Artists Cultivate Mental Health Conversation
By Lilly Ball
For many, music is an outlet, a way of expressing pent up emotions that are difficult to spit out. Through their music, artists are often credited with helping their fans through times of turmoil, but who comforts the suffering artist?
When rapper Kid Cudi poured his emotions into a moving confession on Facebook three weeks ago, revealing his distressed mental state, comments of support flooded in from both fans and other celebrities. In his post, Cudi revealed his ongoing battle with anxiety and depression, sharing that it has ruled his life for far too long, leading him to check into rehab.
For many, Cudi’s decision came as a shock, his words reverberating throughout the internet in the form of tweets and statuses, prompting a discussion about the importance of mental health. Many suffer in silence due to the negative stigma surrounding the topic, but a public figure like Cudi revealing his problems allows others to follow in suit, especially those fans that look to him as a role model.
In words as poetic as his lyrics, Cudi shared that he has never before felt truly at peace, a heartbreaking revelation from someone who has helped many with his work. In one of his most popular songs, “Pursuit of Happiness,” Cudi sings “Tell me what you know about night terrors, nothing. You don’t really care about the trials of tomorrow, rather lay awake in a bed full of sorrow.” These melancholy lyrics have been sung over and over by fans since the song’s release in 2009, hinting that Cudi has felt this unrest since he entered the spotlight.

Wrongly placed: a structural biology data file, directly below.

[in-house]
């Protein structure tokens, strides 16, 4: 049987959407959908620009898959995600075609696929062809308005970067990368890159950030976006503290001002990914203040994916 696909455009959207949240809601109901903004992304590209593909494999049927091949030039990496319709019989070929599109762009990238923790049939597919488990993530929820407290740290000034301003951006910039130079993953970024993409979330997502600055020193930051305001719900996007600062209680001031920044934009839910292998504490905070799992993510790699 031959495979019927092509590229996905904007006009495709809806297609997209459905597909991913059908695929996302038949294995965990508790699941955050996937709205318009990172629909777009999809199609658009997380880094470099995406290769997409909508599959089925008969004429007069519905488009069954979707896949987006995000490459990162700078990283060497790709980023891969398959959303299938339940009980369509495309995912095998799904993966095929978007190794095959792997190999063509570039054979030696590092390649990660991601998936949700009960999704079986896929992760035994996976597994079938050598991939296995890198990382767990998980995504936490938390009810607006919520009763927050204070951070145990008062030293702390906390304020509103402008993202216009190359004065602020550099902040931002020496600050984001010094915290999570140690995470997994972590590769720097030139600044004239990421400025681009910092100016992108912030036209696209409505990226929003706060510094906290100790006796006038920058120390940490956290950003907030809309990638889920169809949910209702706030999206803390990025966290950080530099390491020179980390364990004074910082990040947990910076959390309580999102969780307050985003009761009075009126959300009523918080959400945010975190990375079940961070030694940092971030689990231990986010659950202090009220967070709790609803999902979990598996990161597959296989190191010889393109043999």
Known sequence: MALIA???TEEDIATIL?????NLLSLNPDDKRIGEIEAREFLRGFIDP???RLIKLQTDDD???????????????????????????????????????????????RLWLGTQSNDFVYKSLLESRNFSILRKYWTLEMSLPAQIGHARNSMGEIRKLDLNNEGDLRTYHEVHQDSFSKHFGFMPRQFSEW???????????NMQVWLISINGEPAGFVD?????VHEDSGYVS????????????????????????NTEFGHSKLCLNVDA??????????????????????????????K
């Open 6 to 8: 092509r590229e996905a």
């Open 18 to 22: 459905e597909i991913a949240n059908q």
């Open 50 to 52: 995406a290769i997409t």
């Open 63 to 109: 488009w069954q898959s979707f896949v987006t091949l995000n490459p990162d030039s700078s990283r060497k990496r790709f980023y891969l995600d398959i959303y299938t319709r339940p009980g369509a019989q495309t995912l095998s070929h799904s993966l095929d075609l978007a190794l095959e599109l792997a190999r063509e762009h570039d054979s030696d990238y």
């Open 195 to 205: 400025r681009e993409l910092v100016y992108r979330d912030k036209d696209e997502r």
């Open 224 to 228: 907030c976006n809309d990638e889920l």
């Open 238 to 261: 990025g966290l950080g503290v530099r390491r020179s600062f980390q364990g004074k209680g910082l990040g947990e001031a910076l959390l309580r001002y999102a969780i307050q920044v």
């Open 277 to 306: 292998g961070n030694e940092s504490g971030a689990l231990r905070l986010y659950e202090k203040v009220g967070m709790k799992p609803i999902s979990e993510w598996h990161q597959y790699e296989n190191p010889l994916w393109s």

Though Cudi has spoken of his struggles before in interviews, his courageous decision to share the inner workings of his mind with the internet has undoubtedly helped many. When 34,598 die in the United States as a result of suicide each year (according to a study conducted by Emory University), a public figure unveiling their own torment means the world to a multitude of fans who may have felt alone in their pain.
While many people suffering from mental health problems prefer to keep their treatment private, some celebrities openly share their road to recovery, like singer Demi Lovato when she entered rehab in 2010. After several private details of Lovato’s life came to light it was clear to the public that she was in anguish. For years prior to her treatment, Lovato appeared in TV shows and films such as “Camp Rock,” making her a childhood favorite of many, and to know that she was suffering through all of this is particularly distressing to fans.
Lovato candidly admitted to suffering from depression and an eating disorder, opening up a positive and supportive conversation about mental health amongst her fans.
This confession came with a new identity for Lovato, one of confidence and self love, which was further supported by her fiercely empowering album, “Unbroken” in 2011. The track “Skyscraper” (which I still find myself shouting the words to on particularly hard days) is haunting, almost tragic in its poetic lyrics that establish just how far Lovato had to come to simply accept herself.
With the declaration, “Go on and try to tear me down, I will be rising from the ground, like a skyscraper,” the song remains a powerful anthem for all who find themselves feeling as if they are “made of glass.” Lovato’s current work may be drastically different from that of “Unbroken,” but she continues to openly support those in need of courage, and models confidence wherever she goes.
For those in the process of recovering like Cudi, or others who have struggled through their torment like Lovato, help can always be provided if needed.
If you find yourself relating to any of the feelings discussed in this article, please do not hesitate to contact the UCI Counseling Center at 949-824-6457 or see them on campus at 203 Student Services 1.